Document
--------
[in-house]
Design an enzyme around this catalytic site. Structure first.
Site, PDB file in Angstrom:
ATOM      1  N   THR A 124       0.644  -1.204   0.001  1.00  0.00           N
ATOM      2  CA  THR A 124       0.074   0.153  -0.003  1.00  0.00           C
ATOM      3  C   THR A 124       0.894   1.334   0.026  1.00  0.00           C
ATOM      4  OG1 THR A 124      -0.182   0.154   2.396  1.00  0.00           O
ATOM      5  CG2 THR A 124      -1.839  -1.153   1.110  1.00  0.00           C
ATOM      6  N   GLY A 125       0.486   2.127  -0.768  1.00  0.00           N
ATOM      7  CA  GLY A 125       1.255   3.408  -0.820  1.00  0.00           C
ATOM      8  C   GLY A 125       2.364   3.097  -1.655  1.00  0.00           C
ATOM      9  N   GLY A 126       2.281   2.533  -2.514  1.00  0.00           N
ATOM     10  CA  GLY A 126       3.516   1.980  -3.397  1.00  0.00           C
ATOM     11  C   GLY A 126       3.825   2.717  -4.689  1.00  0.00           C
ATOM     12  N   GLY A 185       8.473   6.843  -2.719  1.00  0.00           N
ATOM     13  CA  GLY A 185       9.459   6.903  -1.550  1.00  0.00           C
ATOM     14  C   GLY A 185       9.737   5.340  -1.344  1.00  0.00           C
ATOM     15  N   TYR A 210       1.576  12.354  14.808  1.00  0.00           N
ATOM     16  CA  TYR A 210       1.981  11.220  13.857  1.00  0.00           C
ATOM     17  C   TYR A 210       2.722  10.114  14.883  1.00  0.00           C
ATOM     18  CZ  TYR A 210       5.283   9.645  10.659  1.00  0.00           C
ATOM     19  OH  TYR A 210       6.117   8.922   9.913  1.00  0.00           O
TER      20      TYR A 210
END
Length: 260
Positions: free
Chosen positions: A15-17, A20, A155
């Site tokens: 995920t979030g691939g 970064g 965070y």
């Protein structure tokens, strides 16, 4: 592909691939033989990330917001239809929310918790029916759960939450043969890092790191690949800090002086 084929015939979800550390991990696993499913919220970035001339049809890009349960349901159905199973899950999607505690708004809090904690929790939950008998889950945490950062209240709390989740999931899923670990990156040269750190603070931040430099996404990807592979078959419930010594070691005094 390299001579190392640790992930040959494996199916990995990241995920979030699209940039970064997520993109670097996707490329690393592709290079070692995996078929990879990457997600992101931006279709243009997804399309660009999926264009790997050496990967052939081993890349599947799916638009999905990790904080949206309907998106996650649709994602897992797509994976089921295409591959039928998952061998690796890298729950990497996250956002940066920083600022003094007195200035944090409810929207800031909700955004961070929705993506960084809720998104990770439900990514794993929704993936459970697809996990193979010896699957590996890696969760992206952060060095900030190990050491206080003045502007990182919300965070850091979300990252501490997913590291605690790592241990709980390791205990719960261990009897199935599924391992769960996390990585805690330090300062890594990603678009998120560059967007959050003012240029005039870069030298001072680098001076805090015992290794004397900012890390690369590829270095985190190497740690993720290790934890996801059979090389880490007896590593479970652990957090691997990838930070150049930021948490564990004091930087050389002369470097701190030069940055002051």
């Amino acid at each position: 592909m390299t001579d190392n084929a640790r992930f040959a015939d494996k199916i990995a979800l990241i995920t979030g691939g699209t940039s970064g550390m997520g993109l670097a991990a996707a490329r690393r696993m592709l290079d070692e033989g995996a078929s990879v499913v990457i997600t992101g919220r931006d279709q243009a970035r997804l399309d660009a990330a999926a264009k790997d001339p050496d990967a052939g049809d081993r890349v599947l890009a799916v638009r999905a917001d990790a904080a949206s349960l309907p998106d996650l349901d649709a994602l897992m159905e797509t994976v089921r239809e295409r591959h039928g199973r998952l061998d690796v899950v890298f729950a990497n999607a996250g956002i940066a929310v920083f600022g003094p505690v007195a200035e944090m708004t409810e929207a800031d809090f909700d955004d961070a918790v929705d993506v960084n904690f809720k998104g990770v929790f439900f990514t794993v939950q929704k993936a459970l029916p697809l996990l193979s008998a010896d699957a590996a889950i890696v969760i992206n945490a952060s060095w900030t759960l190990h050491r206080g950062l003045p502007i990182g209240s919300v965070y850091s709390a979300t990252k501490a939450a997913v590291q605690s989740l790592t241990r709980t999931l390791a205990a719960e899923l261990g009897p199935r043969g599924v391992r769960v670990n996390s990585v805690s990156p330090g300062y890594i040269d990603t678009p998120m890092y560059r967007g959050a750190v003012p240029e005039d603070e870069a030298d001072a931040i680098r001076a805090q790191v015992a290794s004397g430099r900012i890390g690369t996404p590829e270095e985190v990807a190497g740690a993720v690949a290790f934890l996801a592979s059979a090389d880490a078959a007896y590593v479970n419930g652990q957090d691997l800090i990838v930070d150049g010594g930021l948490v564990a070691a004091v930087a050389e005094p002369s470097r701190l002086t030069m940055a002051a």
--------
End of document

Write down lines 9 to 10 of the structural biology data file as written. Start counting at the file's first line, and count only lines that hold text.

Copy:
ATOM      6  N   GLY A 125       0.486   2.127  -0.768  1.00  0.00           N
ATOM      7  CA  GLY A 125       1.255   3.408  -0.820  1.00  0.00           C